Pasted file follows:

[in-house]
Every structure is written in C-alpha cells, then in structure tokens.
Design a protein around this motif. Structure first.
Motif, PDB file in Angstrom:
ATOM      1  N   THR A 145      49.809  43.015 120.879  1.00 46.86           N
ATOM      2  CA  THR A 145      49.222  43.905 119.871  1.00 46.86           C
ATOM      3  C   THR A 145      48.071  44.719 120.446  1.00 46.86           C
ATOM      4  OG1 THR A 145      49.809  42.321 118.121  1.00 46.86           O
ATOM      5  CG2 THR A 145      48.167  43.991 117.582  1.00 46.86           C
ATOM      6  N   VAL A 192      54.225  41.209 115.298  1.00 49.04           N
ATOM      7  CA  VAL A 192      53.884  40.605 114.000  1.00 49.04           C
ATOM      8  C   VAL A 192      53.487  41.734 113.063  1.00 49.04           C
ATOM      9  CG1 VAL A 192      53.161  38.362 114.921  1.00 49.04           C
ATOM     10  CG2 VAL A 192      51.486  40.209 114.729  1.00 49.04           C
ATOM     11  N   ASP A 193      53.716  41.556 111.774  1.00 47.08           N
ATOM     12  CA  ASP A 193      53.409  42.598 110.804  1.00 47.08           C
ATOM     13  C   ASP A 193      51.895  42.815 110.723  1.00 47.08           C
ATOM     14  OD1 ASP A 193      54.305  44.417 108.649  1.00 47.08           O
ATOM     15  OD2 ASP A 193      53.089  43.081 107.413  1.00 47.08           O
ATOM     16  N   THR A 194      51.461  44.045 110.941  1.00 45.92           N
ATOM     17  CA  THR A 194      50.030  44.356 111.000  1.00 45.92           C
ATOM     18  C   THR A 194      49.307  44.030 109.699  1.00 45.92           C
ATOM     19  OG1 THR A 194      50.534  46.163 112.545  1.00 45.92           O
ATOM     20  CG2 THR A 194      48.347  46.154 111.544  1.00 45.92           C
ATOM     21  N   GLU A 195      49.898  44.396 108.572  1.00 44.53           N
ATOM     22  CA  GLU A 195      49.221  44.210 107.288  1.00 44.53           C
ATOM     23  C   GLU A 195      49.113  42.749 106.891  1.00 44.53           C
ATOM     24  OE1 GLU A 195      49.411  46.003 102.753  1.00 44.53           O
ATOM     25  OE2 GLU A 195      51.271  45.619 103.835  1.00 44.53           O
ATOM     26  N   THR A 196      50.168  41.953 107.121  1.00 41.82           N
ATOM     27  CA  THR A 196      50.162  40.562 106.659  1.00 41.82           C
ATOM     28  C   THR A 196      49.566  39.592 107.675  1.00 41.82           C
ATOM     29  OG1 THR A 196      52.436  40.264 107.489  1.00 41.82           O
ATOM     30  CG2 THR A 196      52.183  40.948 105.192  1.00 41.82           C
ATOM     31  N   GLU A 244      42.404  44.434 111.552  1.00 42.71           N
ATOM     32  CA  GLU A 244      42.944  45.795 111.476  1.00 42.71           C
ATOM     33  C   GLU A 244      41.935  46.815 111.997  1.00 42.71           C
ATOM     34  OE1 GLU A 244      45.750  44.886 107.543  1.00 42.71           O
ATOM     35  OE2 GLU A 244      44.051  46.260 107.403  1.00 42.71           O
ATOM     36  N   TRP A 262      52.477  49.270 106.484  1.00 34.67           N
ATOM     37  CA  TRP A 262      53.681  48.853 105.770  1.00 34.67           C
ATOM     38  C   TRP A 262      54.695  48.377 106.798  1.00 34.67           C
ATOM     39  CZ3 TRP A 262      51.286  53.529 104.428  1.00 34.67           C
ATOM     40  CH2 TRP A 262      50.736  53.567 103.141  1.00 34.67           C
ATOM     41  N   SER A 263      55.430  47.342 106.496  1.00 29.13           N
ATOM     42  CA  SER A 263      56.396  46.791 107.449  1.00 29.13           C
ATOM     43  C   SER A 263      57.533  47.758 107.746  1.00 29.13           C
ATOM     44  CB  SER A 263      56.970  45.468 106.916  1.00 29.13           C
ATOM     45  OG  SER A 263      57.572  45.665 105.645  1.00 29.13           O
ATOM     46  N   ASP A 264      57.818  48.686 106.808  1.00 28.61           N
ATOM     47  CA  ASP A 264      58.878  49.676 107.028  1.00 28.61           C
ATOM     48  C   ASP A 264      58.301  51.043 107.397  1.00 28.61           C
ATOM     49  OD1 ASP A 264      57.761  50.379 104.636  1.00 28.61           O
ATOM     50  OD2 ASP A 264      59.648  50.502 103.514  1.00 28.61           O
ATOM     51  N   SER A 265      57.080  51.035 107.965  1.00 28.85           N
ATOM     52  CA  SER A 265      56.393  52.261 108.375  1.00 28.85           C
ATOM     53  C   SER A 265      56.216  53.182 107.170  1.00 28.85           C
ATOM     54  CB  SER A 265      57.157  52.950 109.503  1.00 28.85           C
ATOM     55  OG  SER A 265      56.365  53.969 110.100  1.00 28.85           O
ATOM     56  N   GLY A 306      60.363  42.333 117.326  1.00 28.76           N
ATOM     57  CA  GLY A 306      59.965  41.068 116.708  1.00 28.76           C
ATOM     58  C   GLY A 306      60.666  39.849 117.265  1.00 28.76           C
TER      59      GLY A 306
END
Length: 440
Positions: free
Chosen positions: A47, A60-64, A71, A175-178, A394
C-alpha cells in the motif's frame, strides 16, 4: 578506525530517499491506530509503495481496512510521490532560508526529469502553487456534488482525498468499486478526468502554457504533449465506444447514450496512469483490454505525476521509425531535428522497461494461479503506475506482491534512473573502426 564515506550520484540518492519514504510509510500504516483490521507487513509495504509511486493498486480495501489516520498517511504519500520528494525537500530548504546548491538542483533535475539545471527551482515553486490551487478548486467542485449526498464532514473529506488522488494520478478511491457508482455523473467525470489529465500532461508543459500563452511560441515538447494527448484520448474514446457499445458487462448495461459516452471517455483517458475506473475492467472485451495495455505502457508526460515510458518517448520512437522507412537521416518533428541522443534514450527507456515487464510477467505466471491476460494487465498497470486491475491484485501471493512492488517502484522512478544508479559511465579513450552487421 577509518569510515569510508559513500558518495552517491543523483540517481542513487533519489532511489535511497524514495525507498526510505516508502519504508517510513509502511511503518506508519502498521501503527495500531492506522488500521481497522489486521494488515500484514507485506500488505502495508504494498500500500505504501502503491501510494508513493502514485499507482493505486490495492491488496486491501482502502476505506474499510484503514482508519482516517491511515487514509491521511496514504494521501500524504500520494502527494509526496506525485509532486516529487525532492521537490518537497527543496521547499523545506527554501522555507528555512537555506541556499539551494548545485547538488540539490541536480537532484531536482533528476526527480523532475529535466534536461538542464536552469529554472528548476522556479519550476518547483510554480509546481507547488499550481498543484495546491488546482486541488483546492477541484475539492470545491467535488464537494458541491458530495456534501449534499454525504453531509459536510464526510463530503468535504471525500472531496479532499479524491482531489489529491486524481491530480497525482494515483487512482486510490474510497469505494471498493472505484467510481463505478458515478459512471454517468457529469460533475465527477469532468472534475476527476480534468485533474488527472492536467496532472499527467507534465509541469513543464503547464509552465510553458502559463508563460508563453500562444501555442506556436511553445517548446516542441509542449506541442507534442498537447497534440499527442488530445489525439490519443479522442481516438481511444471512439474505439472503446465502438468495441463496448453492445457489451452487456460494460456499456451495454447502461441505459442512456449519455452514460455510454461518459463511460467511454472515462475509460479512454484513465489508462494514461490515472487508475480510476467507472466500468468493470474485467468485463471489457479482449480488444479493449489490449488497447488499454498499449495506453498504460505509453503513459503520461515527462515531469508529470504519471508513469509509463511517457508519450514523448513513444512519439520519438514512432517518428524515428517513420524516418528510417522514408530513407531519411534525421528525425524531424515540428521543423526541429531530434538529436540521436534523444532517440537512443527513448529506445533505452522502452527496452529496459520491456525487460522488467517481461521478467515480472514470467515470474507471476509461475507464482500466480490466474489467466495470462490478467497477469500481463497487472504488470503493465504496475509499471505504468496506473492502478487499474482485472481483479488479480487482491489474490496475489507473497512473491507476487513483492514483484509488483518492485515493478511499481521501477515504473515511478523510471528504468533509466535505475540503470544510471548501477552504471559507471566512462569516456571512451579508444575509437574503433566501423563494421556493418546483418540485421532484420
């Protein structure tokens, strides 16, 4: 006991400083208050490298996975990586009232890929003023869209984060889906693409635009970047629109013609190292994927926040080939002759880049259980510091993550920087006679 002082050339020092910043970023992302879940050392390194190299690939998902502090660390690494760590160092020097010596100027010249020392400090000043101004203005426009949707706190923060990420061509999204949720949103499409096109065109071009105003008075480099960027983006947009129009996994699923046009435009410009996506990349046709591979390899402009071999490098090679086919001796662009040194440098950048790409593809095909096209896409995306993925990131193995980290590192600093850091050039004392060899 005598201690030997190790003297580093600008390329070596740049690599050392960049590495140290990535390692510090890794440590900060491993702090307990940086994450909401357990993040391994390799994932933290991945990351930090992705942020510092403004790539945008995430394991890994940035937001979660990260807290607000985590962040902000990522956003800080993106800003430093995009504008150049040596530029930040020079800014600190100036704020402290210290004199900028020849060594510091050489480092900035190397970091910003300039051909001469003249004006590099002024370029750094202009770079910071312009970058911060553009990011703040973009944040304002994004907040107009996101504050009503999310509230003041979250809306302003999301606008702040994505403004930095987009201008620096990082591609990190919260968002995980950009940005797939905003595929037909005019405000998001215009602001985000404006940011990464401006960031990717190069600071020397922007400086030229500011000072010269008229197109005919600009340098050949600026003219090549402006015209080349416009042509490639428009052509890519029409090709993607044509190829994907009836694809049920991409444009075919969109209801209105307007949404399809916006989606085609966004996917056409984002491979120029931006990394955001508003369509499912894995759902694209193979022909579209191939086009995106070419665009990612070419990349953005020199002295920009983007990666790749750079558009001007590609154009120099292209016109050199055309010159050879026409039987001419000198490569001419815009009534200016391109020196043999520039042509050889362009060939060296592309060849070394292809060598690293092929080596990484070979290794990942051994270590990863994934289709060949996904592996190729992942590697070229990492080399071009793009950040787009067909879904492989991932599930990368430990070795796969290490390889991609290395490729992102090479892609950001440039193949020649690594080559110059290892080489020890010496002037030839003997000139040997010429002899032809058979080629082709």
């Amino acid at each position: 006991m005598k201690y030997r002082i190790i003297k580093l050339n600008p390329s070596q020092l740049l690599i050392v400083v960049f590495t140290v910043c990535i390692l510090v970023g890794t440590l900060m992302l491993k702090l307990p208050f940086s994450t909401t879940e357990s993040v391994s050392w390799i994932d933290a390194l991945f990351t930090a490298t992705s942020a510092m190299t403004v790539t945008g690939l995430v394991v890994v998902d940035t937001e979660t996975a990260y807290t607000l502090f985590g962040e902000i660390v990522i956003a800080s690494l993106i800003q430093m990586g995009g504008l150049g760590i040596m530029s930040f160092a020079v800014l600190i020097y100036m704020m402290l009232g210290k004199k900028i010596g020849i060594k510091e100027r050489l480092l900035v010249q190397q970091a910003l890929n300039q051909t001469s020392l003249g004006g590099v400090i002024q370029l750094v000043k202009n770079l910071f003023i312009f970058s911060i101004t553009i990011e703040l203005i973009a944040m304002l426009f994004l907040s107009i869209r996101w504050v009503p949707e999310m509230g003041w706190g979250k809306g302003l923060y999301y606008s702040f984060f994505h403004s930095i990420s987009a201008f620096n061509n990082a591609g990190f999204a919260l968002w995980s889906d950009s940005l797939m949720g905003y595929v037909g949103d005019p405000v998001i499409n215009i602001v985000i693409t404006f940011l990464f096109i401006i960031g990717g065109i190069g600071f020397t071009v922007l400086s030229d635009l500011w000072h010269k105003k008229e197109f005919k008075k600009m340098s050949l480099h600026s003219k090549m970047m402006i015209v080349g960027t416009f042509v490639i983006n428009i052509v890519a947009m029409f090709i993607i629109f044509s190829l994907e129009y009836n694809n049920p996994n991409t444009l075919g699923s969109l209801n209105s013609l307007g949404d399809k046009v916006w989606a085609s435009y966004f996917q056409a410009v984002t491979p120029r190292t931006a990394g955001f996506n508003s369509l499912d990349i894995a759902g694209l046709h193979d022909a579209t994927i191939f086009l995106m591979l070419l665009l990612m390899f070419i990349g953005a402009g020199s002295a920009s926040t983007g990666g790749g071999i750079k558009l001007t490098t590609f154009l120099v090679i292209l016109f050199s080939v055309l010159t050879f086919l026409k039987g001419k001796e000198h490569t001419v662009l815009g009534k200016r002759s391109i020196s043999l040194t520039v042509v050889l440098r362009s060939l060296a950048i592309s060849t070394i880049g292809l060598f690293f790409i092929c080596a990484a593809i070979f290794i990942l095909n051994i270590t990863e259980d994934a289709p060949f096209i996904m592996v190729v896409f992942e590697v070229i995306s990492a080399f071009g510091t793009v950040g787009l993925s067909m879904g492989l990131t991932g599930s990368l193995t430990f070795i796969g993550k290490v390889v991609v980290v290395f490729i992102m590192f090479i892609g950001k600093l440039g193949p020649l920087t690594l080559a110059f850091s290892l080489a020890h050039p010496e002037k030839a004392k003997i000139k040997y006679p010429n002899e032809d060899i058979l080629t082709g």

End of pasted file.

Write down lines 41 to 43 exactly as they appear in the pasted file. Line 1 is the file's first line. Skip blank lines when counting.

ATOM     37  CA  TRP A 262      53.681  48.853 105.770  1.00 34.67           C
ATOM     38  C   TRP A 262      54.695  48.377 106.798  1.00 34.67           C
ATOM     39  CZ3 TRP A 262      51.286  53.529 104.428  1.00 34.67           C